"A capital gain occurs when you sell an asset for more than you paid for it. If you hold an investment for more than a year before selling, your profit is typically considered a long-term gain and is taxed at a lower rate."

Those suggesting to "do nothing" regarding non reporting of capital gains.... if you want to go to prison, feel free to say nothing to the IRS. If not.... as 1847bill alluded to, talk to a cpa.
Edited by coin rejector
03/16/2021 3:39 pm
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United States
1238 Posts
 Posted 03/16/2021  3:51 pm  Show Profile   Bookmark this reply Add NumisEd to your friends list Get a Link to this Reply
Collectibles such as coins are taxed at a higher rate of 28%. Short term or long term.
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3111 Posts
 Posted 03/16/2021  4:02 pm  Show Profile   Bookmark this reply Add Zurie to your friends list Get a Link to this Reply

Quote:
Collectibles such as coins are taxed at a higher rate of 28%. Short term or long term.


Actually, the long term capital gain rate is a max of 28% for collectables, but the short term cap gain rate is your ordinary income tax rate, same as for other short term cap gains.
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United States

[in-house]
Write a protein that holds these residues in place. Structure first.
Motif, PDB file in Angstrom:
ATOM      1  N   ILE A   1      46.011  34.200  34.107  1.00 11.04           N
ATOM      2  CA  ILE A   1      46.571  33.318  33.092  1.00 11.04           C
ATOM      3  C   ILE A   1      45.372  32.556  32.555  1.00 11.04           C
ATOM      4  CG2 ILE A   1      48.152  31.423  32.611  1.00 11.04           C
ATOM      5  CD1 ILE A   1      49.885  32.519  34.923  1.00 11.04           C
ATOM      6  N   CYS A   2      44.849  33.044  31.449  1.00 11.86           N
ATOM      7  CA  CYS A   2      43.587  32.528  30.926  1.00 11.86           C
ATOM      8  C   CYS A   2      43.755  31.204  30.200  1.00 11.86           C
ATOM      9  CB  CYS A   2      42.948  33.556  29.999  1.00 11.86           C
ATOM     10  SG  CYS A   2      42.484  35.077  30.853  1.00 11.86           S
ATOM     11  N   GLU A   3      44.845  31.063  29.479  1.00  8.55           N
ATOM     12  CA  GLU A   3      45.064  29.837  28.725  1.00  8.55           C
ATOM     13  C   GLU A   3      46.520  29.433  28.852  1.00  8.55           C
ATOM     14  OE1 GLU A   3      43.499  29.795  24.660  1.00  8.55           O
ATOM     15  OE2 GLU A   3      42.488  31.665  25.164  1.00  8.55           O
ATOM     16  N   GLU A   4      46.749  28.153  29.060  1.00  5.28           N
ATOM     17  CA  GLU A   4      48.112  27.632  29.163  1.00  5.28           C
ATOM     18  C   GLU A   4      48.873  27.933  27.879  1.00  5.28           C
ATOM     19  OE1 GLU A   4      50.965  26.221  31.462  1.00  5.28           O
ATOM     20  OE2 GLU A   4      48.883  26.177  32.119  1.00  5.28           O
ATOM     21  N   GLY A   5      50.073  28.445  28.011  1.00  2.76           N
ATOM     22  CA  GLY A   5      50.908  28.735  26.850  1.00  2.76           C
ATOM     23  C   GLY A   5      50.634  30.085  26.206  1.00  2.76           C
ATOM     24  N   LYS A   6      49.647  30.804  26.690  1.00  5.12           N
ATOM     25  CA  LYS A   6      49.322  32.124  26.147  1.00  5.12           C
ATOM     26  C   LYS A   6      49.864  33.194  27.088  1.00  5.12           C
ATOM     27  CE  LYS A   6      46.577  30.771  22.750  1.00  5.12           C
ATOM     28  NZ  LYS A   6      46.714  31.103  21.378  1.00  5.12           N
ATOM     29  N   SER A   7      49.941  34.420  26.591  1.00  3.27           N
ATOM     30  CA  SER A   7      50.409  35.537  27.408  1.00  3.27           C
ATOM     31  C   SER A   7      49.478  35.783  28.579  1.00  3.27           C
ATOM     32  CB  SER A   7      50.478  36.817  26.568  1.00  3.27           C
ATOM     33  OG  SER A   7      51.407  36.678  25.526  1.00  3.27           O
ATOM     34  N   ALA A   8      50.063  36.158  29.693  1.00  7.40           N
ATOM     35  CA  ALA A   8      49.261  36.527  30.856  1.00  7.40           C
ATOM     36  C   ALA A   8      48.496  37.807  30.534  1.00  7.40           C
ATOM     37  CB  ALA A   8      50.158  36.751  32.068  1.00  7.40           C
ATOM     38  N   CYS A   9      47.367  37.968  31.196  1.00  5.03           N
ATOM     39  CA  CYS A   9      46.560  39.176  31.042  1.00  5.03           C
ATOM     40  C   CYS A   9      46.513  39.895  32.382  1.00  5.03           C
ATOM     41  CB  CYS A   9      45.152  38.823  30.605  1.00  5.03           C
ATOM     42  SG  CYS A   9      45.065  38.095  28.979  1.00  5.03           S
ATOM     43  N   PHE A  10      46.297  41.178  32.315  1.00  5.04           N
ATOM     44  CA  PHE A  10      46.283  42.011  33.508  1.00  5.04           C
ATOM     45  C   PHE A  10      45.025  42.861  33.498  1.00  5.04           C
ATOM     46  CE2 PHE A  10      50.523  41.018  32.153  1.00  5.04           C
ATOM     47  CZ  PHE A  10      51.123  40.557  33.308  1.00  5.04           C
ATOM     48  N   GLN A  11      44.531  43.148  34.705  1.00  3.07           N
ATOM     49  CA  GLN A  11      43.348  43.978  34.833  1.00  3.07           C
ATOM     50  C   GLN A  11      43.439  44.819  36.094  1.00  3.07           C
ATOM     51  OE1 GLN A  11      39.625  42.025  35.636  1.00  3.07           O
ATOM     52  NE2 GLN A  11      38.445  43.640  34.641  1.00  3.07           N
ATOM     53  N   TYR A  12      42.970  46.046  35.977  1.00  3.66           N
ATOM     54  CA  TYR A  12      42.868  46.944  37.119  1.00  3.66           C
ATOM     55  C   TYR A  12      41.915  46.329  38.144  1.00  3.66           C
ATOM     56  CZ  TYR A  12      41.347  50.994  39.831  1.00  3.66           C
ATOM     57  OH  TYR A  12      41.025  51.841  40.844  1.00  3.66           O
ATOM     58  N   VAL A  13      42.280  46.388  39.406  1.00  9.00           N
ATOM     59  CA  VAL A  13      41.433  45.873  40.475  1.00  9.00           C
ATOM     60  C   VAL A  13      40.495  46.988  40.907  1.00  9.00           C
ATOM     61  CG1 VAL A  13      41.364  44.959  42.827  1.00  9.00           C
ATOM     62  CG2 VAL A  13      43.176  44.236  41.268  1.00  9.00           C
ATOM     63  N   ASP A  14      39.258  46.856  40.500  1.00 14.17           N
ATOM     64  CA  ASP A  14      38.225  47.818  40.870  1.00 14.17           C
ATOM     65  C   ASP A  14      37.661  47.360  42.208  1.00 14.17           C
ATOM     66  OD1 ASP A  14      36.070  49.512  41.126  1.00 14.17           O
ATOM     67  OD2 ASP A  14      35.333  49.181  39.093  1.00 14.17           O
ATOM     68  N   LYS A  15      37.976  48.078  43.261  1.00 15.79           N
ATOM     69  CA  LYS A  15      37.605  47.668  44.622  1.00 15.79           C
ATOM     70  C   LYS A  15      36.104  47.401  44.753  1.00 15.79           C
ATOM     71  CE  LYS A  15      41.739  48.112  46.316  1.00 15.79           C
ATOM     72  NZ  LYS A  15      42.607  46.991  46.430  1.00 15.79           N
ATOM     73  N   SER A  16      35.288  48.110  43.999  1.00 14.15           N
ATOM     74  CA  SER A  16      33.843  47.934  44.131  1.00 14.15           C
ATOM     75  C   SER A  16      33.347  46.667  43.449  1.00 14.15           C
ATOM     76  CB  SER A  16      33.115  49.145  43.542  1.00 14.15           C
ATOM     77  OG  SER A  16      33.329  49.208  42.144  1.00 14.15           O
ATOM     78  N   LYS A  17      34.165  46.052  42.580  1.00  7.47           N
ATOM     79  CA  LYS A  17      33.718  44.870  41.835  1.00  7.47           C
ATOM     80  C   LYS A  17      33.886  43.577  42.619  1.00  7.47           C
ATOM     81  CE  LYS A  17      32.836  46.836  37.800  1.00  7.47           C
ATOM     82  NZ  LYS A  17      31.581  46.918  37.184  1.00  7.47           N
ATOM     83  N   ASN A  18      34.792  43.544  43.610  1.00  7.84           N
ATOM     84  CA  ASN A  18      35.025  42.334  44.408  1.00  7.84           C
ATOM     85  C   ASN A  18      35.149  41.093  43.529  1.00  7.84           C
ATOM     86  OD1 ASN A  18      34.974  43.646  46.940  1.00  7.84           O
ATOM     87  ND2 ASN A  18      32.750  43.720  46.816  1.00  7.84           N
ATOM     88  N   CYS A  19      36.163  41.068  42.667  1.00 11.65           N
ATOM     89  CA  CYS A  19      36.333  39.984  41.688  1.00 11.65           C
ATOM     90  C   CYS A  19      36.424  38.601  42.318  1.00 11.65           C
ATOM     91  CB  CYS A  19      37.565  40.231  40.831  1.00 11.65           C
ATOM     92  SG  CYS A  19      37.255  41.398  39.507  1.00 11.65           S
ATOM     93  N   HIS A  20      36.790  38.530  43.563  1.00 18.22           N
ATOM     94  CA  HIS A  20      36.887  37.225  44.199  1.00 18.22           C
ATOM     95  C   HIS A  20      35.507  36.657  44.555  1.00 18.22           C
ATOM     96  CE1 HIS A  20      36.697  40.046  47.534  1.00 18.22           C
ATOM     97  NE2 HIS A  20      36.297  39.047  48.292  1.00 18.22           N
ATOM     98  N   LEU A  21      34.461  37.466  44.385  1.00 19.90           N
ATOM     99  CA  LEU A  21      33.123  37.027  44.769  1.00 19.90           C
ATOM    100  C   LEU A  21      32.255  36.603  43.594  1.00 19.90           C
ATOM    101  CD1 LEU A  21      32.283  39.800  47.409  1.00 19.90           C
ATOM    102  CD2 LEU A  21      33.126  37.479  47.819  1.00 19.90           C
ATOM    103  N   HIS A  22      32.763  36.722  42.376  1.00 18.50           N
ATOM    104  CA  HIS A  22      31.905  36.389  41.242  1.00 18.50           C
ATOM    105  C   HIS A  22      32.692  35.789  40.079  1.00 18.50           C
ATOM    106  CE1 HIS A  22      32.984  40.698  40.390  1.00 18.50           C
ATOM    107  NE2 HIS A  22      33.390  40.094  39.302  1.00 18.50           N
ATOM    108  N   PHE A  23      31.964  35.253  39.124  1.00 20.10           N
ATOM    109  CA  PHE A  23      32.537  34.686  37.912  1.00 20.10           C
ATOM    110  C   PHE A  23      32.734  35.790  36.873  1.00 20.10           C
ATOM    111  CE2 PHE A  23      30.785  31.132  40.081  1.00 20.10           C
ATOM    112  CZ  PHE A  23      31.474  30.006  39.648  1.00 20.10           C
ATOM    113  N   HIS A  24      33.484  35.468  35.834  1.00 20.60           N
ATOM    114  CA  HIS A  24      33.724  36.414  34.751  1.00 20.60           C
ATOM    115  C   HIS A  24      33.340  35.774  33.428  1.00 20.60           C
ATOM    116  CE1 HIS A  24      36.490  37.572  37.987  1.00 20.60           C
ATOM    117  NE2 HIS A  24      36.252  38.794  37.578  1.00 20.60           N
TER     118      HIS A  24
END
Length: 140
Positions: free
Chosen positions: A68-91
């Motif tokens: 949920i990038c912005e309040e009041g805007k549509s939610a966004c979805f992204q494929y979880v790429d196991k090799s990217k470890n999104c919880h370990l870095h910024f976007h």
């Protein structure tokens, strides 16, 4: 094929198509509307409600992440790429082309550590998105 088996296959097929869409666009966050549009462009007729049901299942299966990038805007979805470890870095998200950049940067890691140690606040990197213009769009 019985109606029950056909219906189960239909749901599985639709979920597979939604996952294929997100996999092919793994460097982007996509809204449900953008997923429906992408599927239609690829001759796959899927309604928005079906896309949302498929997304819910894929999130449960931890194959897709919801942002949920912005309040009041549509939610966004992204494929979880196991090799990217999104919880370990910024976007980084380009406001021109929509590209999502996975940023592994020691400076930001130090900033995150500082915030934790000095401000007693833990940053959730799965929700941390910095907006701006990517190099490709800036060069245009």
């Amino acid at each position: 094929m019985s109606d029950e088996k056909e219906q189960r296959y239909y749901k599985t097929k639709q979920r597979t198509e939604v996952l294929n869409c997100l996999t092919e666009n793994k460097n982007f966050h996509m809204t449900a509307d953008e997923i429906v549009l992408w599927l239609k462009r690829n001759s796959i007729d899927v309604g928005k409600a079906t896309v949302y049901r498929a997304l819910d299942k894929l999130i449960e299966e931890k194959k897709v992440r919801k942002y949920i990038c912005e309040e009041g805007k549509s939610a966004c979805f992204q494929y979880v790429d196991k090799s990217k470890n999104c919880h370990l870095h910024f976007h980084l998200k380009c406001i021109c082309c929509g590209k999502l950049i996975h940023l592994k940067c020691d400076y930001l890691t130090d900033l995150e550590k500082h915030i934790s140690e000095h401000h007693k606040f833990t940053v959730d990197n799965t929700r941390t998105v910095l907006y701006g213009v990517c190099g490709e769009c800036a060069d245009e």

306 Posts
 Posted 03/16/2021  11:10 pm  Show Profile   Bookmark this reply Add goldnugget to your friends list Get a Link to this Reply
*** Political Commentary Removed by the Staff ***
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Australia
1029 Posts
 Posted 03/17/2021  12:18 am  Show Profile   Check ryurazu's eBay Listings Bookmark this reply Add ryurazu to your friends list Get a Link to this Reply
depends on how much more money your making say its 500 dollars in gains post expense then I don't think the IRS going to chase you for that. However if your making like 100K+ then yeah there going to be some serious question asked and you should definitely ask a account or a CFA as you would want to minimise you taxes including what to do with the money once it comes into your account, such as 401K.
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1053 Posts
 Posted 03/26/2021  4:23 pm  Show Profile   Bookmark this reply Add machine20 to your friends list Get a Link to this Reply
Why not claim as a small business and acknowledge other costs, home office, packing, gas, fees, that come with it?